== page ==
Social Business Trust Chairman, Sir Damon Buffini, is stepping down after six years in the role, with a rallying call for businesses to grow their support to help great social enterprises grow.
Sir Damon, former Chair and Managing Partner of global investment firm Permira who co-founded the charity with social entrepreneur Adele Blakebrough MBE, will move on at the end of March.
Sir Damon said: “It’s tempting to stay in this fantastic role for ever. But the time is right for a new Chair to steer SBT through its next phase of growth, delivering even greater impact from getting the best of business and the best of social enterprise to work together.”
“Together with our world-class corporate partners we’ve shown the positive difference a venture capital-style approach can make to tackling social problems like educational disadvantage and elderly care. Moving forward I hope the business community can work with SBT to further develop this exciting initiative: it’s a brilliant thing to be part of.”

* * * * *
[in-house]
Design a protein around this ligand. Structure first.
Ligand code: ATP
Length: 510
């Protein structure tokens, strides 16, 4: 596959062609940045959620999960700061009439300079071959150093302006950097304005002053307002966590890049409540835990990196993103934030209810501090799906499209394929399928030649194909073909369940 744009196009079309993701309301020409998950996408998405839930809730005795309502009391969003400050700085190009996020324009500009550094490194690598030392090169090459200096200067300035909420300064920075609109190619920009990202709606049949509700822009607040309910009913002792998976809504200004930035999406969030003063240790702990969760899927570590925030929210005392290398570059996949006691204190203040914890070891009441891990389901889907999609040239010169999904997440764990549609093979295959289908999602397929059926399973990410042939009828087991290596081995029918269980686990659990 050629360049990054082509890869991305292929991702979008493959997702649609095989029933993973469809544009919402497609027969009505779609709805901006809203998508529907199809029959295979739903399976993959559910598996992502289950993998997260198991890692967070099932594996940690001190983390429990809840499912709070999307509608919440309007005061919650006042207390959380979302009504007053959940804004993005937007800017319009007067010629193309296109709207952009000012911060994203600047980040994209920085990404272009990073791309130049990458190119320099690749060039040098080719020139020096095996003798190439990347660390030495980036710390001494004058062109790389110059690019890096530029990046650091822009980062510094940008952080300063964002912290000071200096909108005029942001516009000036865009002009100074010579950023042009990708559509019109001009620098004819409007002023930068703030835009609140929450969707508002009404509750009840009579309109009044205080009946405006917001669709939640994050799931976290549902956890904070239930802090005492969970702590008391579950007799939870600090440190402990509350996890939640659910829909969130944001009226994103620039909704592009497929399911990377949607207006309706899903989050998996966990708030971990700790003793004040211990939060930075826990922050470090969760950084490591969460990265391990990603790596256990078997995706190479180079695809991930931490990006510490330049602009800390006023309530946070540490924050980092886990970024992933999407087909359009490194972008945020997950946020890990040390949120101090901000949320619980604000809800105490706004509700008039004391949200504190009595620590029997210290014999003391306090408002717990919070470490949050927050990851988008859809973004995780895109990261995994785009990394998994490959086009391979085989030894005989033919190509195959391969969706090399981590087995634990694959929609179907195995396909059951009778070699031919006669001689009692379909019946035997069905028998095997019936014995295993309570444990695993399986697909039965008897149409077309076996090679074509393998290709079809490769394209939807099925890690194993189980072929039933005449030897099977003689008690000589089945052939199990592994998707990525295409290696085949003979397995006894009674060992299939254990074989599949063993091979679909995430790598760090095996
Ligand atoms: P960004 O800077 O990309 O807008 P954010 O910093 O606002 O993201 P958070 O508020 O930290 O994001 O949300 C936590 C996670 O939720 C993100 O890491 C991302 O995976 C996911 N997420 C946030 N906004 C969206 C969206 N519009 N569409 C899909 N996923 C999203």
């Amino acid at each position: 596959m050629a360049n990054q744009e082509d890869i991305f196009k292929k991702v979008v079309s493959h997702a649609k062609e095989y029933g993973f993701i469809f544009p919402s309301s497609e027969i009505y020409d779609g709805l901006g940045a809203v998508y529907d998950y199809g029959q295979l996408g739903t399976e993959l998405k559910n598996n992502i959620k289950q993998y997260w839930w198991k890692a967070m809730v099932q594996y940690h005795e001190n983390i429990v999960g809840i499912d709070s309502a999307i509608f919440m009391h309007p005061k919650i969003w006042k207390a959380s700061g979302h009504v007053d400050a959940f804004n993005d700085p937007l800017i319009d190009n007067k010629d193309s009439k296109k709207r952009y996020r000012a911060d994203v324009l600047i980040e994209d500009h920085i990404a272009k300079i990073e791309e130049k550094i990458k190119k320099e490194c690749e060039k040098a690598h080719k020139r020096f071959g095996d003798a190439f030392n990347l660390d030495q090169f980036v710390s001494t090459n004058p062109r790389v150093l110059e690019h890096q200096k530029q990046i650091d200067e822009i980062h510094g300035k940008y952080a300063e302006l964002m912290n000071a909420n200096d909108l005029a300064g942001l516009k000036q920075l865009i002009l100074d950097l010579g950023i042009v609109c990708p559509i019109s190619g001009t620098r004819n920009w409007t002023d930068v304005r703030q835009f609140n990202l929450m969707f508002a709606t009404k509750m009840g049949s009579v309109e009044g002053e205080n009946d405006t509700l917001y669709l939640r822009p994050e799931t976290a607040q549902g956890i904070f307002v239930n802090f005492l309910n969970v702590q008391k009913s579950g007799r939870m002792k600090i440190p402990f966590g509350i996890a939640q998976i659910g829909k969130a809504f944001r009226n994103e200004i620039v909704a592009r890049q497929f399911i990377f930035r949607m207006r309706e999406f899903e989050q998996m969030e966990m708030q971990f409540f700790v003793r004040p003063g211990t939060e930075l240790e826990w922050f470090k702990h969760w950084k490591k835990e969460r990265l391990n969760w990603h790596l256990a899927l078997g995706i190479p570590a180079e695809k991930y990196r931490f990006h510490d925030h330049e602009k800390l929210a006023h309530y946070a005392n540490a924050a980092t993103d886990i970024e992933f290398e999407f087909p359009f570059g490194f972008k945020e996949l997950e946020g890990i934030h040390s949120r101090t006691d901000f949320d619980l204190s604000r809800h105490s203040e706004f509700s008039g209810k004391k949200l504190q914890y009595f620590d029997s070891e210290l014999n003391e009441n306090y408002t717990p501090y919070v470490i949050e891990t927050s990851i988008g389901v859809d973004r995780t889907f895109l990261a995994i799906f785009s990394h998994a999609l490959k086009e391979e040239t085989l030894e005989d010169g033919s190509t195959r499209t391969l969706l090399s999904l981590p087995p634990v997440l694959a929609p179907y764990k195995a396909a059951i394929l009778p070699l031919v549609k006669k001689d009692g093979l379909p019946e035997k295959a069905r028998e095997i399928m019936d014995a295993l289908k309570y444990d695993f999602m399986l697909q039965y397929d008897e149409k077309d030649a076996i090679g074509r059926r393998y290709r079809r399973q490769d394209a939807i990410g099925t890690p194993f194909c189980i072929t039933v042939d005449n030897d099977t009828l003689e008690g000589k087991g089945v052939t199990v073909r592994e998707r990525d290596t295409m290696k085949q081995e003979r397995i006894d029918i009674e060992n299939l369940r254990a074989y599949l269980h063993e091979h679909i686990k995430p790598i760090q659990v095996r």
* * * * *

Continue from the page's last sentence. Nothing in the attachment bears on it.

“It’s been a huge privilege to work with outstanding businesses to help an amazing portfolio of social enterprises grow. SBT will always remain close to my heart.”
Adele Blakebrough, CEO of SBT said: “Damon’s been a wonderful Chair of SBT and whilst we’ll miss his day to day involvement we’re delighted to have his on-going support: he can’t get away from us too easily!“
“Damon and I first started working together over a decade ago, co-founding SBT in 2010. It’s been tremendous to collaborate closely with him over so many years.“
“The Trustees and I remain excited for SBT’s future and the process to find an excellent new Chair is underway.” SBT Trustee Paul Armstrong of Permira will be interim Chair in the meantime.
Sir Damon is pictured above visiting a nursery that is part of London Early Years Foundation, one of the social enterprises supported by SBT. He is Chair of the National Theatre as well as a Governor of the Wellcome Trust and was recently appointed as Chair of the Government’s Patient Capital Review addressing the dearth of long-term capital investment in British firms.